Mirabile Dictu: The Bryn Mawr College Library Newsletter

Fall 2009 Issue 13

The Beatrice Danford Diaries, 1885-1933
Sarah Sheplock ’10

Over the last several years the library has been acquiring both manuscript and printed diaries of British and American women in order to provide original sources for students working in women’s history. This summer we acquired an especially interesting set of diaries kept by Beatrice Danford, a well-to-do British woman who spent time in Cairo and Khartoum right after the turn of the century, lived in northern France near the front lines during World War I, and had a minor literary career as a translator of a novel from Hungarian, a language she learned as the daughter of a British diplomat.

Danford was born in 1873, and for her twelfth birthday, she received a diary. She filled it with daily commentary on the activities of her family, teachers, and neighbors. She also included sketches, wrote stories, and made notes on studying Hungarian. The next diaries we hold cover the period 1902 through 1906, when Danford was nearing thirty years old. She lived with her parents at Reighton Hall in England, where her main activities were gardening and bicycling. In 1902 she traveled to Egypt and Sudan with a family friend. In her diary she gives an account of the upper-class British military life there. She gardened, went sight-seeing, and visited with friends, including having tea with a young Winston Churchill (“of course he is a young man who thinks he knows all there is to be known & a little more”) .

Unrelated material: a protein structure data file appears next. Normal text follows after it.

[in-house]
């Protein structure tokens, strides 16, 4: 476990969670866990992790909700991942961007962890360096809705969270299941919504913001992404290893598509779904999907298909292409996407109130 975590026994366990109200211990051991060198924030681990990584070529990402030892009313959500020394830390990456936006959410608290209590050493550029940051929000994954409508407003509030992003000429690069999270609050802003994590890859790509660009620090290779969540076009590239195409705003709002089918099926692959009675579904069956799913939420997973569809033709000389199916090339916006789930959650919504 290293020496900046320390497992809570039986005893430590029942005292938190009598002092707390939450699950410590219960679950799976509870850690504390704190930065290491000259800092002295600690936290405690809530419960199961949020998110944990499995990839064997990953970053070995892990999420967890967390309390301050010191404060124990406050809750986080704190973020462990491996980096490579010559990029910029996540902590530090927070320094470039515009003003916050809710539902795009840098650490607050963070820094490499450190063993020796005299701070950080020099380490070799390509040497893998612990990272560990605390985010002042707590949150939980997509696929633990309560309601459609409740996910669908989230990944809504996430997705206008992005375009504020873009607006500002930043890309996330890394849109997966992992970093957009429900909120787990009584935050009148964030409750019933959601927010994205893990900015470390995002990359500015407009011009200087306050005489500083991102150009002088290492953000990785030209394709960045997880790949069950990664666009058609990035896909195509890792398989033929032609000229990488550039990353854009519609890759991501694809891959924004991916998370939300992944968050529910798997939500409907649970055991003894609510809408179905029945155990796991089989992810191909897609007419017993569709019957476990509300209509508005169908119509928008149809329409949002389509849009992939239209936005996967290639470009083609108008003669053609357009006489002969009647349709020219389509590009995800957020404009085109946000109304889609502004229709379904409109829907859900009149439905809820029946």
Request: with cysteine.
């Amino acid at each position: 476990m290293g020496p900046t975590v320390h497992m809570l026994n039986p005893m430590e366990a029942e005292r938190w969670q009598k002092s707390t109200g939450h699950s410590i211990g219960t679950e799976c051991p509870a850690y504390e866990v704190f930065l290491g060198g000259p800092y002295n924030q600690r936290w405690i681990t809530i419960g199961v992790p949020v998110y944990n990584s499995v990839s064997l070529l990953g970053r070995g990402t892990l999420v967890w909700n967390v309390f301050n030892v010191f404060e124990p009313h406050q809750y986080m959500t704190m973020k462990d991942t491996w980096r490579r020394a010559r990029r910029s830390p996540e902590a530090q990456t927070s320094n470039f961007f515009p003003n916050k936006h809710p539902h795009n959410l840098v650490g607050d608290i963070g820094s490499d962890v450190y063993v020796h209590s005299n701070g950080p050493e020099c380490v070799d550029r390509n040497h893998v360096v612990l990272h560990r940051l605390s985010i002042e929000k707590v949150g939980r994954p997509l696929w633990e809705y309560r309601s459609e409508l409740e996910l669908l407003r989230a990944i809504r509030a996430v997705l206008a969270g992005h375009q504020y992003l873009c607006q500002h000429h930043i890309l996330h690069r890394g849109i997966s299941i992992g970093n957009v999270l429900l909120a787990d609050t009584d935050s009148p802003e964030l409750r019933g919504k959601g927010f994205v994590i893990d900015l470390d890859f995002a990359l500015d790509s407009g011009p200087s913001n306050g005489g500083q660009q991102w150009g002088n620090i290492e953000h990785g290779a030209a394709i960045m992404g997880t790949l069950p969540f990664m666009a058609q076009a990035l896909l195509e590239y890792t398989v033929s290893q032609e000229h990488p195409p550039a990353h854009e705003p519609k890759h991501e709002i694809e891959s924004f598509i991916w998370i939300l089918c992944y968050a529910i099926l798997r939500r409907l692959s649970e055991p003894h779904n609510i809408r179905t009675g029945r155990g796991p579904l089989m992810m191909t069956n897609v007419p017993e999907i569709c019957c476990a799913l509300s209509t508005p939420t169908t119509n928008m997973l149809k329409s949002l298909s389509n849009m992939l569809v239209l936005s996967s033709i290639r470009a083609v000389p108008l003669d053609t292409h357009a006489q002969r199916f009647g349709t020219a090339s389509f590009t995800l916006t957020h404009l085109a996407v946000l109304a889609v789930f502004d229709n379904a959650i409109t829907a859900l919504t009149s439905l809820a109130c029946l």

The next set of diaries covers 1914 through 1918, the years of World War I. Danford offers a first-hand account of the war from Condette, France, where her family lived at the time. Despite being so near the war zone that she could hear the guns and watch bomb raids light up the night sky, she and her father were determined to stay in France and returned to England only for brief periods. Throughout the war, Danford worked in various ways to support the war effort, including teaching French to British troops, helping Belgian refugees, and cooking for the officers. After 1918 there is another gap in the diaries until 1928 when she wrote very sparingly of the “great change” in her life, caused by the death of her father. She was in a state of personal upheaval, and traveled back to Egypt to live for a time. In 1930 she returned to Europe and settled in a house with her brother in St. Boswells, Scotland. The last diary was written in 1933 and describes being settled down in her Scottish life and spending her time gardening, calling on friends, and riding her old bicycle.

Images:

Friends of the Library Undergraduate Intern Sarah Sheplock ’10 working at the book scanner in Special Collections.

Friends of the Library Graduate Intern Jamie Richardson and Graduate Assistant Angelique Wille, students in the History of Art, examine The Temple of Flora, one of the books in the “Darwin’s Ancestors” exhibition.